We wrote last week that House Republicans got off to a rough start in the first days of the Colorado legislative session by demanding a vote on a Constitutional Convention that was never going to happen; the move was entirely political — intended to get folks like Rep. Sal Pace and Joe Miklosi on the record on federal health care reform — and so blatantly obvious that it was widely criticized around the state.
Yesterday the Editorial Page Editor at the Denver Newspaper, Curtis Hubbard, took House Republicans and Speaker Frank McNulty to task for ignoring their own pledge to focus on jobs instead of endless political games. Hubbard goes on to write that one of McNulty’s featured pieces of legislation is an attempt to fix a problem that quite literally does not exist.
McNulty has been pushing a bill sponsored by Republican Rep. Laura Bradford that would theoretically add jobs by eliminating local regulations that he says prohibit Colorado communities to use timber produced in the state. But as Hubbard notes, no such regulations appear to exist. Neither the Colorado Municipal League nor the West Coast Lumber Inspection Bureau seem to have any idea what in the hell McNulty is talking about.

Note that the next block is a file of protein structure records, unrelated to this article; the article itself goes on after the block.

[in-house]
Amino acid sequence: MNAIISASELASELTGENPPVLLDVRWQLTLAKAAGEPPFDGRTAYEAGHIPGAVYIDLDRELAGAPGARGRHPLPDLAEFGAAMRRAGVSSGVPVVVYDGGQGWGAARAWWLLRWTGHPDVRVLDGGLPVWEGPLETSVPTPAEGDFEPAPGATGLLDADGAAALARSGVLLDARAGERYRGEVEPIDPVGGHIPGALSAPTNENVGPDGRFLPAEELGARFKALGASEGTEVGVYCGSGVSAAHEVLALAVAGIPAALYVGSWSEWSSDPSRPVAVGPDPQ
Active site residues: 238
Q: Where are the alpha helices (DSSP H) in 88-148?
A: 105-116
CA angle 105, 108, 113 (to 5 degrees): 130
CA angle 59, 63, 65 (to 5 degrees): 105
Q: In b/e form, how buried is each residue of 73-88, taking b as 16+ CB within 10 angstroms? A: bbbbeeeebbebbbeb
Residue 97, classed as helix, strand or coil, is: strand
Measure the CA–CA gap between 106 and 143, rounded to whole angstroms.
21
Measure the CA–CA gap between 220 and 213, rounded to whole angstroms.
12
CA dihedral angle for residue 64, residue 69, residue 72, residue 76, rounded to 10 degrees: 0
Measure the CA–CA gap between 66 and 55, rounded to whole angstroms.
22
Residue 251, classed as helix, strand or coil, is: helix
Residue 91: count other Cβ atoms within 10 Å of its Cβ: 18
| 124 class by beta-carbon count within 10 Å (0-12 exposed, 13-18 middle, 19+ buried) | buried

McNulty says the legislation would let a Colorado sawmill add 80 jobs — a number that is oddly specific given the fact that the bill in question wouldn’t actually do anything.
This begs the question: If a tree is cut down in a forest, and Frank McNulty isn’t around to hear it…can you still draft unnecessary legislation from the paper it produces?